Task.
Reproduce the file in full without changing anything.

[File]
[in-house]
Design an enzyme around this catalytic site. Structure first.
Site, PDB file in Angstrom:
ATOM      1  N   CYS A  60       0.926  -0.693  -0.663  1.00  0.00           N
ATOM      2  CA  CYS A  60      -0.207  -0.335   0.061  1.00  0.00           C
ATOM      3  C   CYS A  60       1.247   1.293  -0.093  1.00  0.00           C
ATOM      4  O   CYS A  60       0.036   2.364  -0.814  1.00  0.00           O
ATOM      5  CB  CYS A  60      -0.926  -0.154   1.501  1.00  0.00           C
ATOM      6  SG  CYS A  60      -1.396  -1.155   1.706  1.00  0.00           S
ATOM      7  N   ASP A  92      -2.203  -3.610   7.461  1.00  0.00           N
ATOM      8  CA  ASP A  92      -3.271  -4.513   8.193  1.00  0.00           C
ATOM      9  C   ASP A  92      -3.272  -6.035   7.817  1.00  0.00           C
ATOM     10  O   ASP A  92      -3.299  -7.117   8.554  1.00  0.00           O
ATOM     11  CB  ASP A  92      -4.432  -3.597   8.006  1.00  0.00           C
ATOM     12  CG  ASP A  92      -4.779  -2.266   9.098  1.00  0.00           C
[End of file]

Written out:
[in-house]
Design an enzyme around this catalytic site. Structure first.
Site, PDB file in Angstrom:
ATOM      1  N   CYS A  60       0.926  -0.693  -0.663  1.00  0.00           N
ATOM      2  CA  CYS A  60      -0.207  -0.335   0.061  1.00  0.00           C
ATOM      3  C   CYS A  60       1.247   1.293  -0.093  1.00  0.00           C
ATOM      4  O   CYS A  60       0.036   2.364  -0.814  1.00  0.00           O
ATOM      5  CB  CYS A  60      -0.926  -0.154   1.501  1.00  0.00           C
ATOM      6  SG  CYS A  60      -1.396  -1.155   1.706  1.00  0.00           S
ATOM      7  N   ASP A  92      -2.203  -3.610   7.461  1.00  0.00           N
ATOM      8  CA  ASP A  92      -3.271  -4.513   8.193  1.00  0.00           C
ATOM      9  C   ASP A  92      -3.272  -6.035   7.817  1.00  0.00           C
ATOM     10  O   ASP A  92      -3.299  -7.117   8.554  1.00  0.00           O
ATOM     11  CB  ASP A  92      -4.432  -3.597   8.006  1.00  0.00           C
ATOM     12  CG  ASP A  92      -4.779  -2.266   9.098  1.00  0.00           C